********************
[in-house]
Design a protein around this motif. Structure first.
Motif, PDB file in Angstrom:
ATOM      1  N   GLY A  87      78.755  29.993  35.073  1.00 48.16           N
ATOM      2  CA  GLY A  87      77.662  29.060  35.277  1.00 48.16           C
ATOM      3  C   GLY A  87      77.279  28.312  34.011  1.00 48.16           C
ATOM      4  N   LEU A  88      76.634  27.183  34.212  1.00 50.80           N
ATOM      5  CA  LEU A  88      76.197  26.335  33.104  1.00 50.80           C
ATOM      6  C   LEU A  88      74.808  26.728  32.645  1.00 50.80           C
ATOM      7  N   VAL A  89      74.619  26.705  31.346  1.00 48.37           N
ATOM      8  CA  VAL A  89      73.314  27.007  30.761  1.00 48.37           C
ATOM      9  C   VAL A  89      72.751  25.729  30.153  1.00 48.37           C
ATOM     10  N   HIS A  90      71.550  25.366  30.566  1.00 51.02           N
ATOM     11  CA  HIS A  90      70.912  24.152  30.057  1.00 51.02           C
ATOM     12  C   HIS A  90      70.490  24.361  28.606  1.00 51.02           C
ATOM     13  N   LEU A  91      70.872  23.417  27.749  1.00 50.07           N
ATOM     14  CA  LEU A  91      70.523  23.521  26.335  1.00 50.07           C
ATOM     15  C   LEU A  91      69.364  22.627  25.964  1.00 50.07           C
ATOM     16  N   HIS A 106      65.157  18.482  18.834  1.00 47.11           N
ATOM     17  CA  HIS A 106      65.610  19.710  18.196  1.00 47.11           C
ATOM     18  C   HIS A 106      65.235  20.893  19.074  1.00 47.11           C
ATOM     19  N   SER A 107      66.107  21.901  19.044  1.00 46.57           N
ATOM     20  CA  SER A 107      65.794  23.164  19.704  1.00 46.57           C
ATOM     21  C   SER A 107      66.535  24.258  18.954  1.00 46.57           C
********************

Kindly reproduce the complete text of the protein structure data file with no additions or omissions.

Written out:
[in-house]
Design a protein around this motif. Structure first.
Motif, PDB file in Angstrom:
ATOM      1  N   GLY A  87      78.755  29.993  35.073  1.00 48.16           N
ATOM      2  CA  GLY A  87      77.662  29.060  35.277  1.00 48.16           C
ATOM      3  C   GLY A  87      77.279  28.312  34.011  1.00 48.16           C
ATOM      4  N   LEU A  88      76.634  27.183  34.212  1.00 50.80           N
ATOM      5  CA  LEU A  88      76.197  26.335  33.104  1.00 50.80           C
ATOM      6  C   LEU A  88      74.808  26.728  32.645  1.00 50.80           C
ATOM      7  N   VAL A  89      74.619  26.705  31.346  1.00 48.37           N
ATOM      8  CA  VAL A  89      73.314  27.007  30.761  1.00 48.37           C
ATOM      9  C   VAL A  89      72.751  25.729  30.153  1.00 48.37           C
ATOM     10  N   HIS A  90      71.550  25.366  30.566  1.00 51.02           N
ATOM     11  CA  HIS A  90      70.912  24.152  30.057  1.00 51.02           C
ATOM     12  C   HIS A  90      70.490  24.361  28.606  1.00 51.02           C
ATOM     13  N   LEU A  91      70.872  23.417  27.749  1.00 50.07           N
ATOM     14  CA  LEU A  91      70.523  23.521  26.335  1.00 50.07           C
ATOM     15  C   LEU A  91      69.364  22.627  25.964  1.00 50.07           C
ATOM     16  N   HIS A 106      65.157  18.482  18.834  1.00 47.11           N
ATOM     17  CA  HIS A 106      65.610  19.710  18.196  1.00 47.11           C
ATOM     18  C   HIS A 106      65.235  20.893  19.074  1.00 47.11           C
ATOM     19  N   SER A 107      66.107  21.901  19.044  1.00 46.57           N
ATOM     20  CA  SER A 107      65.794  23.164  19.704  1.00 46.57           C
ATOM     21  C   SER A 107      66.535  24.258  18.954  1.00 46.57           C